MALARIA >  Information for Healthcare Professionals > Clinical manifestations
Clinical manifestations
Malaria is a febrile illness with a wide range of clinical manifestations, from flu like symptoms that may remain undiagnosed to severe malaria with seizures, coma and multiple organ failure.
Most of the clinical manifestations are due to individual immunity response (overproduction of IL, TNF and othen cytokines) that is triggered mainly by the erythrocytic phase of the plasmodium life cycle and the merozoites release in the blood stream (parasitaemia).

Malaria may mimic other diseases and the symptoms may be atypical, fact that, in endemic countries can lead to differential diagnosis dilemmas, while in non endemic countries may confuse the clinicians that are not familiar with the disease.

Malaria disease can be categorized as uncomplicated or severe (complicated).

Uncomplicated malaria

Definition: symptomatic malaria without signs of severity or evidence of vital organ dysfunction.
The manifestations of uncomplicated disease are the following:

  • Fever
  • Chills
  • Headache
  • Dizziness
  • Back pain
  • Myalgia, joint and bone pains
  • Cough, chest pain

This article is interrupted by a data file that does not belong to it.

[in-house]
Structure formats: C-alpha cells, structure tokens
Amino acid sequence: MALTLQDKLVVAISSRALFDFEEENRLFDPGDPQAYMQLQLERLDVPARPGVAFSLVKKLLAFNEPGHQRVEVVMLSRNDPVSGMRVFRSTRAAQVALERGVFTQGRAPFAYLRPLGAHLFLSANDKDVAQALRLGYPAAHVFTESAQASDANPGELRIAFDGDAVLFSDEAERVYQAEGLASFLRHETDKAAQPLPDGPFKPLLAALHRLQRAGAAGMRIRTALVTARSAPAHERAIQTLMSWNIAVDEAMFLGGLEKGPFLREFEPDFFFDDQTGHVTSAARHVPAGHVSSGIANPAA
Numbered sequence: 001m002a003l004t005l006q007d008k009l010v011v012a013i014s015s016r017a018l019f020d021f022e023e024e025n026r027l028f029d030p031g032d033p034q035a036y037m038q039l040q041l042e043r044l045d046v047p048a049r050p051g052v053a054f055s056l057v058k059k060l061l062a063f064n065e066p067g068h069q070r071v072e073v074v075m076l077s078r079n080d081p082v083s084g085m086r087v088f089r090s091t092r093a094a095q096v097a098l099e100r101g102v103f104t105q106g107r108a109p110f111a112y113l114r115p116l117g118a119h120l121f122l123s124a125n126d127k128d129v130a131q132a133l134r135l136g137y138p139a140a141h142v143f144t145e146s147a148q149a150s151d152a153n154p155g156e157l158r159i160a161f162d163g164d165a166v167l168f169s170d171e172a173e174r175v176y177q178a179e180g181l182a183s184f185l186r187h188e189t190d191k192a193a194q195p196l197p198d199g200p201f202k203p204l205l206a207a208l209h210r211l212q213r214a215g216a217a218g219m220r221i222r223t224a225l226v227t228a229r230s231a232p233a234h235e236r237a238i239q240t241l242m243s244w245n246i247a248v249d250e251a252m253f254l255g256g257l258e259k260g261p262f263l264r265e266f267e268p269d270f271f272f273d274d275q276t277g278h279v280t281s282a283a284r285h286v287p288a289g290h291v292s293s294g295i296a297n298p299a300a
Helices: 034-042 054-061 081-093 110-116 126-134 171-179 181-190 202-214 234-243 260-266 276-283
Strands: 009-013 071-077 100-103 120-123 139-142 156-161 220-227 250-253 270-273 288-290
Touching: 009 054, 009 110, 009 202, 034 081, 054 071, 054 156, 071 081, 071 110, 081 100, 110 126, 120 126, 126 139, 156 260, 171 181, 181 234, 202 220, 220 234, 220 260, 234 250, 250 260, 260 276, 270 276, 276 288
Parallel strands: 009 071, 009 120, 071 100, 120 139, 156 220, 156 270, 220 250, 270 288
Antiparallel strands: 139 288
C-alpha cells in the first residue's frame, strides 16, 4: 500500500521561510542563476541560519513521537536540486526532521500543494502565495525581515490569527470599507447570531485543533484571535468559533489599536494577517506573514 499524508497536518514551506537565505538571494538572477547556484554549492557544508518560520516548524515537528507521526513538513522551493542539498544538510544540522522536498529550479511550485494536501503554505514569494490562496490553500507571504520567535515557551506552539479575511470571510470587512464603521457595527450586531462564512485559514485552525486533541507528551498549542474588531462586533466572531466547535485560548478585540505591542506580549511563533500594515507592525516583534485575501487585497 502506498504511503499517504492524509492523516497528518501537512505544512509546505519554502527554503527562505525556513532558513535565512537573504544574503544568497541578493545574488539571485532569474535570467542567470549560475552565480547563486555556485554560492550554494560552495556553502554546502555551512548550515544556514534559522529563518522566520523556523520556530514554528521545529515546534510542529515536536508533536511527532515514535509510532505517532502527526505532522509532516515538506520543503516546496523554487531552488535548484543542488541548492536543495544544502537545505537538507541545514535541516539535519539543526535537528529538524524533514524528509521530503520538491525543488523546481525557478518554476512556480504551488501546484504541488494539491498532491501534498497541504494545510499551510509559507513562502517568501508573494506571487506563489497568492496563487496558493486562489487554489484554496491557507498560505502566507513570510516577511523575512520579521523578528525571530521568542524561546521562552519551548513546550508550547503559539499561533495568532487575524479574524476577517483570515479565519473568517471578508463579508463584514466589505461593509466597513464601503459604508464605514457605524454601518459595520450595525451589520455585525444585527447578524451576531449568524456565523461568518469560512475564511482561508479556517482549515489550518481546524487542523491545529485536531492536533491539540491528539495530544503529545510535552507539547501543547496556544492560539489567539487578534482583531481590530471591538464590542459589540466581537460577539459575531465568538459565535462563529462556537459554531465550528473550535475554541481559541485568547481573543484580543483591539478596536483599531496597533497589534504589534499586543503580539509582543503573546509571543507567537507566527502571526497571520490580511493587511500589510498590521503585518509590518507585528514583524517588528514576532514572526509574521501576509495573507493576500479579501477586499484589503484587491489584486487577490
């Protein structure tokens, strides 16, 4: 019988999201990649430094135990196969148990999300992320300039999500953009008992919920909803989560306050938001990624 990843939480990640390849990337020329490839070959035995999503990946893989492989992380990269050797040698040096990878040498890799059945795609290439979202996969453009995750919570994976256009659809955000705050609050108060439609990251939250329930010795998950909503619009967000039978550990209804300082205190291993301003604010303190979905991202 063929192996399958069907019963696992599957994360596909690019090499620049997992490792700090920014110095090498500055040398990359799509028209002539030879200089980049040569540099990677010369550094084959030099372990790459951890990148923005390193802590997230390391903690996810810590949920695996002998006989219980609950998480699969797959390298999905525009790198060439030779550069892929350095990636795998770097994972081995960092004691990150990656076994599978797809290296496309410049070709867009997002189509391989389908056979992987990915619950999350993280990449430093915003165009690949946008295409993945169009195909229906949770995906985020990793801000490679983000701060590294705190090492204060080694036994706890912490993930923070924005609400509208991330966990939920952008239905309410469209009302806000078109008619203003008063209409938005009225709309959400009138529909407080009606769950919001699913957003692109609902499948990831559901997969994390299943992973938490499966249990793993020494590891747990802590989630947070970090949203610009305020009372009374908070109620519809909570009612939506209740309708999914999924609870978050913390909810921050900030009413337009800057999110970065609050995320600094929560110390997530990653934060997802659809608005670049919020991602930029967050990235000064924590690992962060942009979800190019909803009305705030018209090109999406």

• Weakness, prostration
  • Gastrointestinal disturbances (nausea, vomiting, diarrhea)
The typical but infrequently observed malaria attack consists of three stages:

  1. Cold stage (characterized by feeling of cold and shivering followed by whole body shaking that lasts 15- 60 minutes, cold, dry and pale skin)
  2. Hot stage (high fever up to 40- 41 oC that lasts 2- 6 hours, severe headache, palpitations, tachypnoea, flushed and dry skin)
  3. Sweating stage (profuse sweating for 2- 4 hours, feeling of exhaustion)
 The total duration is 8- 12 hours. The interval between the fever attacks depends on the erythrocytic cycle length. When a cycle is completed, new merozoites are released and a new fever wave strikes. Table  1 below, shows the type of fever for every plasmodium species:

    Fever type
Benign tertian Malignant tertian  Quartan  Quotidian
 P. vivax  X      
 P. ovale  X      
 P. falciparum    X    
 P. malariae      X  
 P. knowlesi        X

  • Tertian fever: febrile paroxysms every 48 hours
  • Quartan fever: febrile paroxysms every 72 hours
  • Quotidian fever: febrile paroxysms every day

Severe (complicated) malaria

Definition: “the presence, in a patient with falciparum malaria, of clinical manifestations such as[5]:

  • Prostration
  • Hyperpyrexia
  • Dehydration
  • Hypotension
  • Circulatory collapse
  • Electrolyte imbalances
  • Hypoglycaemia
  • Severe anaemia
  • Spontaneous bleeding
  • Disseminated Intravascular Coagulation
  • Haemoblobinuria
  • Jaundice
  • Hepatosplenomegaly
  • Generalized convulsions
  • Impaired consciousness
  • Coma
  • Acidosis
  • Acute abdominal pain
  • Acute Respiratory Distress Syndrome
  • Pulmonary edema
  • Renal failure

malaria complications:

Severe anemia

Severe anemia (Hematocrite: <15%, Hb:< 5g/ dl) is one of the most important causes of malaria deaths, especially in African countries. The mechanisms that lead to severe anemia are the following:

·        Red cells rupture directly by parasites